When Hank Williams sang a song like "My Son Calls Another Man Daddy" he could sell it because he'd been down low: born with spina bifida, father with a paralyzed face thanks to a stroke, brother he never knew because he was already dead. And when Williams died at 29 no one was over-much surprised, since he'd been drunk most of the time he'd been alive anyway.
It can be fun to sing country songs about lives busted up and broken, but unless you've got the empathy to feel those hurts, the songs just become the clichéd joke mainstream country music has often found itself.
So whatever it is that Roy Davis experienced in his travels over the past year down to Nashville and over to Wyoming and back, you'll be thankful after you hear We Are a Lightning Bolt, his third full-length release and the record on which something important seems to have clicked. The twang and the lilt of alt-country were always there, but somewhere in the country's small towns and wide open spaces Davis put his hands in the country's dirt, too, and his always-smart songs have never been so fully realized, so full of actual people, as they are here.
Recording down in Portsmouth with Jon Nolan — himself no stranger to great alt-country sounds, but never as dark as Davis is here — and helped out with "Dregs" like Kerry Ryan (Jeremiah Freed) on drums, Travis Kline (an up-and-coming solo artist in his own right) on guitar and backing vocals, Bernie Nye (Pete Kilpatrick) on banjo and bass, and Justin Maxwell (the Coming Grass/Sara Cox/Cindy Bullens) on bass, Davis seems to have needed to get out of his comfort zone, feel what it's like to truly be uncomfortable, in order to make the record he's been trying to make all along.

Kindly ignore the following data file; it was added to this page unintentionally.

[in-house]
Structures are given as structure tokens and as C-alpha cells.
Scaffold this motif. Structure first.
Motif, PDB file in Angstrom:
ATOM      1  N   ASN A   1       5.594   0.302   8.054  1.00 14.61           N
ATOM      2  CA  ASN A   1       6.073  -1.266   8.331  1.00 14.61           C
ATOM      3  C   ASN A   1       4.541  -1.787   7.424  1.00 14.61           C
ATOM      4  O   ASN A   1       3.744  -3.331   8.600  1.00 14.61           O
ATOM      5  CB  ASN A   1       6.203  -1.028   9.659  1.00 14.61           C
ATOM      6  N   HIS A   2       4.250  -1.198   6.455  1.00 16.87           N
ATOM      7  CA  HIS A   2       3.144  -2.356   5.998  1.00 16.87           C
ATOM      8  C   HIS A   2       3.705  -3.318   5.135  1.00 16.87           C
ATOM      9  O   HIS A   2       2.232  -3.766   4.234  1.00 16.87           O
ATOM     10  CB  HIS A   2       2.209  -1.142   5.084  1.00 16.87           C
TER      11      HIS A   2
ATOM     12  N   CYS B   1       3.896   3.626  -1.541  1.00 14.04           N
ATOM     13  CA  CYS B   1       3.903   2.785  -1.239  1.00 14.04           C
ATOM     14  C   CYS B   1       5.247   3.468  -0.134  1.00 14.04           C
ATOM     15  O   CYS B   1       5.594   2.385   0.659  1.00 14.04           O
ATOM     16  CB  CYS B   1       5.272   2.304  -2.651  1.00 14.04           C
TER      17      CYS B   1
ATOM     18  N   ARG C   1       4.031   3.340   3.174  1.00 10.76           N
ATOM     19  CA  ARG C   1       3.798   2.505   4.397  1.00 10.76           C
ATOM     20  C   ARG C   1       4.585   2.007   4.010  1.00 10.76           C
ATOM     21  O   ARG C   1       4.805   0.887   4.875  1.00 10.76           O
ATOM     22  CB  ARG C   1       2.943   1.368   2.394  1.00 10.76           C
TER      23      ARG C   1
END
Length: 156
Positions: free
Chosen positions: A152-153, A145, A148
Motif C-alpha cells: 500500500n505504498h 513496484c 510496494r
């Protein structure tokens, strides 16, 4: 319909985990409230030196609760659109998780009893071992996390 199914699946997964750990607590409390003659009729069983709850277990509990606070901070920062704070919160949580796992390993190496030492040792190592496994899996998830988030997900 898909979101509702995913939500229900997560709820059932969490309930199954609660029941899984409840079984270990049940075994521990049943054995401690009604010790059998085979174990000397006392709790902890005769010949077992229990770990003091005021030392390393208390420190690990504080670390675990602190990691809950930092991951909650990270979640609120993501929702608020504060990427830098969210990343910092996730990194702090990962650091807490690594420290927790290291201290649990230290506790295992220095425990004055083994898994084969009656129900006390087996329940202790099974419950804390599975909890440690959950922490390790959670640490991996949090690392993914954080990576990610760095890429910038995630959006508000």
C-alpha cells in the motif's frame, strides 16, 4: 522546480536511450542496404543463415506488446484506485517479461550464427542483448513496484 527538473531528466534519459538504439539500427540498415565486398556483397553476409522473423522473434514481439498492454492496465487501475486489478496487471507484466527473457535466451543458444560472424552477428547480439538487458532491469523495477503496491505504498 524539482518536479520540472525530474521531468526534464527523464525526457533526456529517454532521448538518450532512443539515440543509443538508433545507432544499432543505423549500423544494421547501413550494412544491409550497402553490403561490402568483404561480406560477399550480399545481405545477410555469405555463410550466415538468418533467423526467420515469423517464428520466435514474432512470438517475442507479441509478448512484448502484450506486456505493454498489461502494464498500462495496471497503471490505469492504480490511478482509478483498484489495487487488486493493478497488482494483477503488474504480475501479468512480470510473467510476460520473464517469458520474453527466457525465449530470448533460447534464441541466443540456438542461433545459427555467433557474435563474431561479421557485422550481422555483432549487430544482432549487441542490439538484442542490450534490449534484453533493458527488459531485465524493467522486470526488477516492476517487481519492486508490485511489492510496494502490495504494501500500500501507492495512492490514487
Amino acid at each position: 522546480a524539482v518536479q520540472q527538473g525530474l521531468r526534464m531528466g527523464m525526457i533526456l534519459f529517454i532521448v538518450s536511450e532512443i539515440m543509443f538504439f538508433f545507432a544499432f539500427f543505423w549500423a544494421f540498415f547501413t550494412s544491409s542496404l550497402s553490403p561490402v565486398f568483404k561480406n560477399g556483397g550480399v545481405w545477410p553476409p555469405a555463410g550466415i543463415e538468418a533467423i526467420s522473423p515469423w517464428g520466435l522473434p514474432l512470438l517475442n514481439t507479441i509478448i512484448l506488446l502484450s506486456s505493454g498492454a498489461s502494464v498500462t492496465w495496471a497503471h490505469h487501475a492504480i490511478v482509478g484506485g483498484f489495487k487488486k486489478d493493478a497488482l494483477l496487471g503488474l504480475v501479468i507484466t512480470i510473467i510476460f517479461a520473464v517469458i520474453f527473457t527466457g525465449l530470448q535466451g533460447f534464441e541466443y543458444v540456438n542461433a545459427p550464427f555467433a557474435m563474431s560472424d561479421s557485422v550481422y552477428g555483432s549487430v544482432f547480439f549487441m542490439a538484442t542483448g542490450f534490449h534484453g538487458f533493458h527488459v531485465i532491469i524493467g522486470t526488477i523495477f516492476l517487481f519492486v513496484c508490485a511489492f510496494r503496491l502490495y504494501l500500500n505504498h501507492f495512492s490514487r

I still listen to those first two records — Grey Town and Deadweight. They're good. And I like that Ryan Adams/Jayhawks/Uncle Tupelo sandbox in which Davis plays. But on the first listen, I heard something different in Lightning Bolt. Right around "Barbara Lang," it struck me that Davis had discovered a pipeline to pathos, where chimes of piano match his tentative reaches into a squeaky falsetto like Townes van Zandt, and "he sits at a bar by the Super 8/She cooks him food, but she waits." Ryan's shuffling drumline gives the song texture like sandpaper while "we get up, go get coffee/Walk around like a couple of darlings/Just as sweet as the sun."
Nolan captures vocals especially well, as when you hear Davis close the "k" on "boardwalk," part of a naked vocal part over cello and indie-rock-flavored alternating notes, before the song charges up with a heavy acoustic strum and a wood-block beat into an alt-country orchestra, staying all-instrumental through the finish, where a pair of laconic electric guitars harmonize. And on "Stranger's House" every instrument is so terrifically crisp that the pedal steel in the song's second half is like liquid amber pouring over dry, brittle sticks.
In that song, as on album-opener "You Don't Have to Fall in Love," Davis explores the nuances of relationships, the degree expressed by a line like "I'm not going to fight you in a stranger's house/I'm not gonna give you what you want right now," that voice-crack of knowing that can come through with a simple "oh, honey." The implied plea in "you don't have to fall in love" he can make heart-breaking.